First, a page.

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1 in 3000: Denise Lillis keeps Perham’s drivers on the defensive

Driving instructor Denise Lillis poses for a portrait on Tuesday morning. Lillis has been a driving instructor since the '80s. (Carter Jones/FOCUS)
I am a city boy, born and raised in the suburbs of Minneapolis. My entire world changed when I took a job at the Perham Focus as the newspaper's main reporter in December. Now, I am here, in a town of just over 3,000 people, learning what small town living is all about. Perham started surprising me right from the start, and I quickly learned that I don't want to just report what's happening in Perham, I want to report on the people who make this town tick in the most inconspicuous of ways. Some people have a way of always attracting the spotlight, but my “focus” will be on those who quietly go about their day making this community a better place to live. And since this is my new journey, too, and my "city" eyes are fresh, I wanted to document the adventure of discovering what this "Perham pride" thing is all about. Everybody in Perham has a story, unique in their own way … 1 in 3,000.
Meeting Denise

Denise Lillis moved to Perham in 1970 after her dad retired from the military. After going to Concordia and marrying a “local boy” she moved back in the ’80s to be a paraprofessional at the high school.

After the long-time driver’s ed instructor stepped down, Lillis started the instruction, a spot she’s been in ever since.

Behind the wheel, everyday is a new day for Lillis. People always ask her if she’s always bored or scared teaching the latest crop of teen drivers.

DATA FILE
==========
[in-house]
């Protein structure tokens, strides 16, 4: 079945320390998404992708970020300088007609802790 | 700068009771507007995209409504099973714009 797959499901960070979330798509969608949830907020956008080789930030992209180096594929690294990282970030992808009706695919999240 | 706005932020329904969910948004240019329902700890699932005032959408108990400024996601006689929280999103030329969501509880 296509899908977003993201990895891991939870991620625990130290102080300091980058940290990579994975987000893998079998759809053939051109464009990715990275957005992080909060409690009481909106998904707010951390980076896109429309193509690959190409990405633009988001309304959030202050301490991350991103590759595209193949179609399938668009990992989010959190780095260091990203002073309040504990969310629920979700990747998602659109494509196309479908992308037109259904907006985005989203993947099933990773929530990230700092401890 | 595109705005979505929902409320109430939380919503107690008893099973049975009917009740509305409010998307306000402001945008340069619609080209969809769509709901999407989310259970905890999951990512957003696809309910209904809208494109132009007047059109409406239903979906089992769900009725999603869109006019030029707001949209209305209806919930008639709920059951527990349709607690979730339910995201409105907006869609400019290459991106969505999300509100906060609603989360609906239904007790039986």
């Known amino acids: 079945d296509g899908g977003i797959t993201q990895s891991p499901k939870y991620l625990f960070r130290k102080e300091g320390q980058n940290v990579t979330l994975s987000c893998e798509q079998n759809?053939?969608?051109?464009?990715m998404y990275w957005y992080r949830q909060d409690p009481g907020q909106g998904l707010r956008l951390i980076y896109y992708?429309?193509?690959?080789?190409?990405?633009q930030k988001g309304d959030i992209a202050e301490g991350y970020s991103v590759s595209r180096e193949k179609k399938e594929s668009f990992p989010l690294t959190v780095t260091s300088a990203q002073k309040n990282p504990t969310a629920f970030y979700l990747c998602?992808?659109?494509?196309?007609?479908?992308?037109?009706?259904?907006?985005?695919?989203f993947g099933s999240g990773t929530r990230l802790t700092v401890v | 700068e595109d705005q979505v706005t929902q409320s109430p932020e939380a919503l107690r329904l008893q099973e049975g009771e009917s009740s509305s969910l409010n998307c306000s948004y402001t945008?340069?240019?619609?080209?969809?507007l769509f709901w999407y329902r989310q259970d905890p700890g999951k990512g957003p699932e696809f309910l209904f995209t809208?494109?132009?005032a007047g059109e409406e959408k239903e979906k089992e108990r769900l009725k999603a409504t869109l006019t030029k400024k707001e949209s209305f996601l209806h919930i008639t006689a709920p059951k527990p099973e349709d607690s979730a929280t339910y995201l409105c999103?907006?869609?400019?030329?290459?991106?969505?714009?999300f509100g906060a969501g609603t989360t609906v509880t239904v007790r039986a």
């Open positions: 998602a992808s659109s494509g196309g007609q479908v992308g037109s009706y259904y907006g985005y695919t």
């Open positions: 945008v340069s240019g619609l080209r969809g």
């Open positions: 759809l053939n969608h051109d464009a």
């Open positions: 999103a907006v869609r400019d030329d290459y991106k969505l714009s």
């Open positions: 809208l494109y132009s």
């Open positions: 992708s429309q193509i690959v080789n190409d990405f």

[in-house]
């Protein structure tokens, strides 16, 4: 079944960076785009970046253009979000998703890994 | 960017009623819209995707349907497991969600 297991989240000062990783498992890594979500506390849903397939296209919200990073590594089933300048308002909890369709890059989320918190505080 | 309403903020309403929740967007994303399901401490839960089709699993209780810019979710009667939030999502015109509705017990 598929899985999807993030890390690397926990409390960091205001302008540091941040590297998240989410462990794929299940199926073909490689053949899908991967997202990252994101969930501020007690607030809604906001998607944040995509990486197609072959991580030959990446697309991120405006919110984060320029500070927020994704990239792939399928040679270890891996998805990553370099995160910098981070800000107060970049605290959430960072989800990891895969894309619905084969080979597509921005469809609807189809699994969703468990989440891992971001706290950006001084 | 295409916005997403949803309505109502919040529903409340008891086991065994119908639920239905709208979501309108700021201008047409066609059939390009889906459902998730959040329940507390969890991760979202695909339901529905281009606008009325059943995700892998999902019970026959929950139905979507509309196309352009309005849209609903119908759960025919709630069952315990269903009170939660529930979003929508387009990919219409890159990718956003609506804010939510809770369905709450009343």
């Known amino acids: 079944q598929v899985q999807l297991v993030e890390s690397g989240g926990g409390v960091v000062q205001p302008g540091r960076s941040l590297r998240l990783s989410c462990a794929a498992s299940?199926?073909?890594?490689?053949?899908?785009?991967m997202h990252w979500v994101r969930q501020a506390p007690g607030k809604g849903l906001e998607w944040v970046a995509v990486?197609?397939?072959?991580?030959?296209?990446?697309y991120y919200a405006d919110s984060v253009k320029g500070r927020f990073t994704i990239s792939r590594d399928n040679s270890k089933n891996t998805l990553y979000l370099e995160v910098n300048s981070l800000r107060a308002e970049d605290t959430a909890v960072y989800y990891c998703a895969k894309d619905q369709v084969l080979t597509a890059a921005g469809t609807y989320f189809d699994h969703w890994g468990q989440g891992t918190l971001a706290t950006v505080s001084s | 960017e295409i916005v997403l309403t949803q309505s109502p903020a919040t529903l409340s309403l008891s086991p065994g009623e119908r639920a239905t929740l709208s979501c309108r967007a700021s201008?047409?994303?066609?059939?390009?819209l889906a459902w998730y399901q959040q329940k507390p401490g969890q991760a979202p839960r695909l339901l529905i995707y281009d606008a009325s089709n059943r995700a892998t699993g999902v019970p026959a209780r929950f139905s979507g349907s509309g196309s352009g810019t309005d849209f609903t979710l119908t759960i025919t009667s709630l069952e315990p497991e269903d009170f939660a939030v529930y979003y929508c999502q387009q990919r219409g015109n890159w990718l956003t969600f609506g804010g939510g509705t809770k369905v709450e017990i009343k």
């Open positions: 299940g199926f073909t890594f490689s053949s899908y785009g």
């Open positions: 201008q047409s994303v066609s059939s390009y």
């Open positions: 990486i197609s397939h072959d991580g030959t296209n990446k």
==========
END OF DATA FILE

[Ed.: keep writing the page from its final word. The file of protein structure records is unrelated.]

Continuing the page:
“If I do six kids in one day, each one of those kids is different,” Lillis said. “They know different things, their personalities are different. You never know what to expect.”

Lillis says teaching youngsters to drive doesn’t begin with her, she’s just one piece of the puzzle.

“Kids don’t learn to drive when they’re 15, 16. They learn to drive when the parent turns their car seat around, because now they’re already watching,” she said. “They’re going to start mimicking behavior. They’re listening, they’re observing, so they follow through.”

Most of Lillis’ job is taking the student’s concept of what driving is, and putting it in a place where it needs to be.

“They get in the car and they think they know, they sit in that classroom for 30 hours, and they roll their eyes,” she said.

It doesn’t take her students long to realize how much more involved driving is.

When she’s not teaching new drivers, Lillis gives defensive driving refresher courses to drivers 55 and older.

The hardest part of teaching these classes is getting people out of their ingrained habits.

“I’ll say to these people in my defensive driving class, ‘how many of you stop at stop signs?’”

After they all say they do, Lillis responds “no, you don’t. What you think you’re doing is maybe what you think as a stop.”

Lillis says after driving for multiple decades people feel too safe, because nothing’s ever happened. She often reminds her students it only takes a second of not paying attention to get in a crash.

Cellphones have also become a major distraction now that everyone has one, according to Lillis. Cellphones are also competing with all the other technology in cars that is here to stay.

Lillis said people need to realize the level of distractions that are taking their mind off the road.

“People don’t realize that people are watching them. You’re in that car, but people think they’re invisible in a way, we see what you do, you’re driving is noticed,” she said. “It’s communicating to people.”